Thursday, February 14, 2013

The Spymater's Daughter

I have read a few books of Jeane Westin's and I wanted to read this book because it centered on Frances Sidney, the daughter of Elizabeth I's Secretary of State Walsingham.  He was in charge of a large spy network to protect the Queen.  The pope had given word to all Catholics that they could assassinate the Queen.  Elizabeth ascended the throne after the death of her very Catholic half sister Mary.  She was prepared to tolerate them until they forced her hand to more drastic measures.  The Catholics recognized Mary Stuart of Scotland as their queen, because the Pope viewed Elizabeth as illegitimate and therefore had no right to the throne.  Walsingham was for the Protestant cause and Elizabeth had to curb his passion for persecuting the Catholics.  They were not fined for going to church but for practicing Catholicism.  The Pope excommunicated Elizabeth and absolved her subjects from allegiance to her.  This is when things became dangerous for her.

Frances was at court for the height of all this- she was married to Phillip Sidney, a famous poet, and had been sent to court to serve Her Majesty.  It was in her blood to be an intelligencer like her father, but being a woman, she had to be careful to show her talents of ciphering.  Her marriage was a loveless one as her husband was in love with Lady Stella Rich, and while at court Frances tried finding herself.  She was tutored by Dr Dee and worked on ciphers secretly for her father.  At this time, Elizabeth and her cousin Mary of Scots were at war.  Her cousin had fled Scotland when Bothwell was said to have killed her first husband Darnley, and she fled to her cousin's safety.  Having tried claiming the throne before, she was a threat.  For 18 1/2 years she was imprisoned at various homes and castles.  Walsingham worked tirelessly to rid England of this Catholic threat to their sovereign.  His spies were busy at work reading her letters.

Frances had a servant, a Robert Pauley, who worked for her father.  Often together, she eventually fell in love with him.  They ended up on an adventure together, trying to catch Mary Stuart corresponding with Babington about assassinating the Queen.  Frances's husband Phillip, meanwhile, was at war against the Spanish fighting for the Protestant cause.  He was shot in the thigh and died of gangrene 26 days later, at age 32.  His funeral procession was so sumptuous it almost bankrupted his father in law Walsingham.  His poetry made him famous and he was well known.  He had recommended Essex to Frances, and so she was remarried to him.  Elizabeth was not pleased as he was one of her favorites, the stepson of her lifelong favorite Robert Dudley.  Essex was eventually executed in 1601 in a coup against the Queen.  It was likely not another love match.  She did marry once more, and had more children-- I believe 10 total but not all living.  France's children were the great-great grandchildren of England's best-known king.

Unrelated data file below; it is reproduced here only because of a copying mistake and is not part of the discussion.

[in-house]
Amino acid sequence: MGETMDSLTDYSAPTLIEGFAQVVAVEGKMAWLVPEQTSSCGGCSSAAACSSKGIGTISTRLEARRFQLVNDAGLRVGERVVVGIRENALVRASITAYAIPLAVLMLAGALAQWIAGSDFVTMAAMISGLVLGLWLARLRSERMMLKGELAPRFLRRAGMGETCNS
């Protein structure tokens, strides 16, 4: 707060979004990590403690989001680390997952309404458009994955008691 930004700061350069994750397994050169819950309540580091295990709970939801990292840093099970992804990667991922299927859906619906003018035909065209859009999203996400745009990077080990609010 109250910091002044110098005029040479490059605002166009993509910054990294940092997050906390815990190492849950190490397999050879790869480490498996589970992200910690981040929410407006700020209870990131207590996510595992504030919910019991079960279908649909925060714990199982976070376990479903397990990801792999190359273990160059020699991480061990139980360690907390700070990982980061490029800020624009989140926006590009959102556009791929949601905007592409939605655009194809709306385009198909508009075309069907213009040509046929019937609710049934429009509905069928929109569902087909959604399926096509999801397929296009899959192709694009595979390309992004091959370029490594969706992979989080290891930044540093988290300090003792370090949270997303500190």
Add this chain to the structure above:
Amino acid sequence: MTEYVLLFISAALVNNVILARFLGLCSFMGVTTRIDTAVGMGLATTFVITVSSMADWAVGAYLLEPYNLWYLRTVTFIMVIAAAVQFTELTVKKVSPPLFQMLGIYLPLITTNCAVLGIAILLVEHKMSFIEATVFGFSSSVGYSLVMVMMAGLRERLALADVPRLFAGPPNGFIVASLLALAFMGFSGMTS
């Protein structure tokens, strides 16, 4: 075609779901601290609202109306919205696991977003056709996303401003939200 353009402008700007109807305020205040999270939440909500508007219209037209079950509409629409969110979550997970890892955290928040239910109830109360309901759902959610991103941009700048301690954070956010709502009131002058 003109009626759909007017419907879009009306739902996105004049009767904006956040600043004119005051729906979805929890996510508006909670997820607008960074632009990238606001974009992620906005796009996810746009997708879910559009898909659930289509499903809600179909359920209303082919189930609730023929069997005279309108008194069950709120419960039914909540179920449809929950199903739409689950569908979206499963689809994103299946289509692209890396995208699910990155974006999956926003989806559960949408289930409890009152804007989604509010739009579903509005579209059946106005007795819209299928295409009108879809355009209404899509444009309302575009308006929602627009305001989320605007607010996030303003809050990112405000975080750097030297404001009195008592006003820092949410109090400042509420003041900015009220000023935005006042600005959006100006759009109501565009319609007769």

My Thoughts:  This was a fun historical mystery, with big things happening.  Elizabeth eventually executed her cousin Mary Stuart, but always seemed to regret it.  It is likely her councillors including Walsingham pushed her to it.  Religion was never an easy thing for a sovereign, and Elizabeth had come to the throne trying to keep peace or a middle ground.  This book showed Elizabeth's unique behavior and that of those at the court.  Frances seemed to be smart but was used to being a pawn in the marrige world to whomever was advantageous to the family's status and wealth.  If she had been good at ciphering or intelligence work, I doubt her father Walsingham would have let her dabble in it.  The love story between Frances and Robert was nice, although fictional.  In other books I've read, Frances was in them briefly; she seems to have been quiet and biddable to her husband the Earl of Essex and his overpowering mother Lettice Knollys.  I hope her third marriage was happy and that she found joy in her children.  She is not a well known character it seems, but was present in an exciting time in history.

Friday, February 1, 2013

Threads: The Reincarnation of Anne Boleyn

I heard of this book while looking up other readers' blogs to compare them to my own, and I was intrigued so I put it on hold at the library.  Threads is a reincarnation fantasy about Anne Boleyn, second wife of Henry VIII.  It starts with her execution and then reviews her life with Henry and her family.  She is able to see her mistakes, her triumphs, her every moment.  Her debts are weighed in the balance against her good acts.  The author also shows Anne in several different lives, each one different from the other but all with a lesson in it for her.  This book focuses on love above all else and how we treat other people, as well as accountability.  There is foreshadowing in this book as well as allegorys, so you do have to pay attention.  It is thought provoking.